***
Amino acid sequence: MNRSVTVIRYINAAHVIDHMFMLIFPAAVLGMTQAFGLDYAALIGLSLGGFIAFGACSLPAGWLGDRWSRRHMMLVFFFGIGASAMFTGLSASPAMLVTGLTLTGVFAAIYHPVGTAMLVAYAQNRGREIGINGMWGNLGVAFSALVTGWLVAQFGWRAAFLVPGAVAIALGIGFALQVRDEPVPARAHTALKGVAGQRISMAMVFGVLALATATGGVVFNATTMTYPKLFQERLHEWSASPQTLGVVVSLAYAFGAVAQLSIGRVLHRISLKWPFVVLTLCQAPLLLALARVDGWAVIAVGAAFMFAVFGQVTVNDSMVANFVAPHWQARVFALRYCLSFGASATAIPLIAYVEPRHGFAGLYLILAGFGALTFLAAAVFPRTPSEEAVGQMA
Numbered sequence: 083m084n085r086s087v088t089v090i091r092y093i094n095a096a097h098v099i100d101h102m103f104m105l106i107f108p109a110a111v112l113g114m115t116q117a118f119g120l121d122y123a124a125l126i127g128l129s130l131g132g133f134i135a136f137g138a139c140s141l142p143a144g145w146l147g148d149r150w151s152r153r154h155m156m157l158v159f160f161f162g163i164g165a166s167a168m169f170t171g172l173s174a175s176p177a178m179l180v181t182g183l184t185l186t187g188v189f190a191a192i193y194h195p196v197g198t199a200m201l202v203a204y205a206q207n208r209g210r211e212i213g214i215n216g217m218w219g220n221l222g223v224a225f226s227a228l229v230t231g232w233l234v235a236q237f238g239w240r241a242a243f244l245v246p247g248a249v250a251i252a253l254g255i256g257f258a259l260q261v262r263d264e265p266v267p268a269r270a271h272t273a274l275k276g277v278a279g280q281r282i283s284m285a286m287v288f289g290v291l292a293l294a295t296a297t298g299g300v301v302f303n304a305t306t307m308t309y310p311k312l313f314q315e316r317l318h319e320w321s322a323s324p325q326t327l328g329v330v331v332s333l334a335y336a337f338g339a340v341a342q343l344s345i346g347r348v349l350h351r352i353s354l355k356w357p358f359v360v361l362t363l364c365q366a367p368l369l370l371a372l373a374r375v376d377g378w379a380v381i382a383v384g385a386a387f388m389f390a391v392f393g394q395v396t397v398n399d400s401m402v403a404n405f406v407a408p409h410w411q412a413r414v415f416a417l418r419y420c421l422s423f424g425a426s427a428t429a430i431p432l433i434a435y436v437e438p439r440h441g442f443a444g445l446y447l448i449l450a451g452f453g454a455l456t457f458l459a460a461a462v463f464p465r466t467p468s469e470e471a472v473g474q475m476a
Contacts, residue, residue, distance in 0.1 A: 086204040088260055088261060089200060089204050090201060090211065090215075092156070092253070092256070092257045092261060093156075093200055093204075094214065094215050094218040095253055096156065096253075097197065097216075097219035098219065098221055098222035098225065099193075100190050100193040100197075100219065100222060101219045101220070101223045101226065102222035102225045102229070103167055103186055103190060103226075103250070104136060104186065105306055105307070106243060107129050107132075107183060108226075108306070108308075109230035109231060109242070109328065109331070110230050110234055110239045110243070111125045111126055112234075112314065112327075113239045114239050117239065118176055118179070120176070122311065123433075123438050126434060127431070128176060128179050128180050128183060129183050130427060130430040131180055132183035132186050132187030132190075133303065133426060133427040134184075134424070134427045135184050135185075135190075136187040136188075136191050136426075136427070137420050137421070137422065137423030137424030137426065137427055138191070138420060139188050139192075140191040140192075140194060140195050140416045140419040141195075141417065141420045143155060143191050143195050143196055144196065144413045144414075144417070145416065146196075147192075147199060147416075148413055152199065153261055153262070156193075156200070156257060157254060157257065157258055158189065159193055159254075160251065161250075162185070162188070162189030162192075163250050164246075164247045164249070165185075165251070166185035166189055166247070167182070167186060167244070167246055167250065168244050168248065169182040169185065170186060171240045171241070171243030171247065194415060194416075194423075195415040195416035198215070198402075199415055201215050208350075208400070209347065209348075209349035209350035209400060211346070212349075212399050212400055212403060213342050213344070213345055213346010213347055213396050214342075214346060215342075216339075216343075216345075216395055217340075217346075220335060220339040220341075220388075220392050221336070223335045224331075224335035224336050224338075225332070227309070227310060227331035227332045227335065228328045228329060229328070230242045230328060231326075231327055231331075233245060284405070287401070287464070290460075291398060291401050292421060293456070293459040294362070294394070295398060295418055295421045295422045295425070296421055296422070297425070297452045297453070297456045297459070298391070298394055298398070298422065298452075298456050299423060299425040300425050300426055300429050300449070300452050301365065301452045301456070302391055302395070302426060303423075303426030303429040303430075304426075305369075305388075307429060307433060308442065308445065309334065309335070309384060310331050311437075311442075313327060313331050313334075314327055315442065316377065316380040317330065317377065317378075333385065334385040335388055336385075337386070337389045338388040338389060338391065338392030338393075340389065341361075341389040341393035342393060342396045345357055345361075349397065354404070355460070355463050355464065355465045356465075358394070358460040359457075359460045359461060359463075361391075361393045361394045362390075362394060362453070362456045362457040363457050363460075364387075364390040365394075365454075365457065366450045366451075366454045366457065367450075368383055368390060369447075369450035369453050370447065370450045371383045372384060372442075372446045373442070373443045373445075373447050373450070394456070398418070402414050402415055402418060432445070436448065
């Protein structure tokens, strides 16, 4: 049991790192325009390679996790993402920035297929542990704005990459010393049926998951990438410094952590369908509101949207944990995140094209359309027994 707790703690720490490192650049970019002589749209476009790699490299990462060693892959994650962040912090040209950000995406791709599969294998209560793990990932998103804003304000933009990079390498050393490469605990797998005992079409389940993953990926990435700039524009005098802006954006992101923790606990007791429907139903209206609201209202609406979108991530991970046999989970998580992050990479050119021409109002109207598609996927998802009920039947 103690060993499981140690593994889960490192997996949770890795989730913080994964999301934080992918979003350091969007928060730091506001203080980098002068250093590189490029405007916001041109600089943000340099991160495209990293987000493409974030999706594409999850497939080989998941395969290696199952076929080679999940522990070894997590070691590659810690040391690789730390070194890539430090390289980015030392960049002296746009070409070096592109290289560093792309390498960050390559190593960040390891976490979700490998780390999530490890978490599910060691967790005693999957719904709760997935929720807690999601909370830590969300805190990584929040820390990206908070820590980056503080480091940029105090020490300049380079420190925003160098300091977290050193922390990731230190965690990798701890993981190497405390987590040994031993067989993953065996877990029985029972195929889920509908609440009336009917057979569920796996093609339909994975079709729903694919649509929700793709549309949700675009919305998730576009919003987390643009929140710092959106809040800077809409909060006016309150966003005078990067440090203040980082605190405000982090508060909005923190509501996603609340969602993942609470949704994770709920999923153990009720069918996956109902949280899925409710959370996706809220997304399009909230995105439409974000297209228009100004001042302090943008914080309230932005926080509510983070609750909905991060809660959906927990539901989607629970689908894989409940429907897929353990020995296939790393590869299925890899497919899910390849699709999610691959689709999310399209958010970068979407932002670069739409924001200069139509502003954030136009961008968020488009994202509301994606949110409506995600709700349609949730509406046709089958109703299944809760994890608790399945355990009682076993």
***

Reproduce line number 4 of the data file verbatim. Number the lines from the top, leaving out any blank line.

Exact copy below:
């Protein structure tokens, strides 16, 4: 049991790192325009390679996790993402920035297929542990704005990459010393049926998951990438410094952590369908509101949207944990995140094209359309027994 707790703690720490490192650049970019002589749209476009790699490299990462060693892959994650962040912090040209950000995406791709599969294998209560793990990932998103804003304000933009990079390498050393490469605990797998005992079409389940993953990926990435700039524009005098802006954006992101923790606990007791429907139903209206609201209202609406979108991530991970046999989970998580992050990479050119021409109002109207598609996927998802009920039947 103690060993499981140690593994889960490192997996949770890795989730913080994964999301934080992918979003350091969007928060730091506001203080980098002068250093590189490029405007916001041109600089943000340099991160495209990293987000493409974030999706594409999850497939080989998941395969290696199952076929080679999940522990070894997590070691590659810690040391690789730390070194890539430090390289980015030392960049002296746009070409070096592109290289560093792309390498960050390559190593960040390891976490979700490998780390999530490890978490599910060691967790005693999957719904709760997935929720807690999601909370830590969300805190990584929040820390990206908070820590980056503080480091940029105090020490300049380079420190925003160098300091977290050193922390990731230190965690990798701890993981190497405390987590040994031993067989993953065996877990029985029972195929889920509908609440009336009917057979569920796996093609339909994975079709729903694919649509929700793709549309949700675009919305998730576009919003987390643009929140710092959106809040800077809409909060006016309150966003005078990067440090203040980082605190405000982090508060909005923190509501996603609340969602993942609470949704994770709920999923153990009720069918996956109902949280899925409710959370996706809220997304399009909230995105439409974000297209228009100004001042302090943008914080309230932005926080509510983070609750909905991060809660959906927990539901989607629970689908894989409940429907897929353990020995296939790393590869299925890899497919899910390849699709999610691959689709999310399209958010970068979407932002670069739409924001200069139509502003954030136009961008968020488009994202509301994606949110409506995600709700349609949730509406046709089958109703299944809760994890608790399945355990009682076993």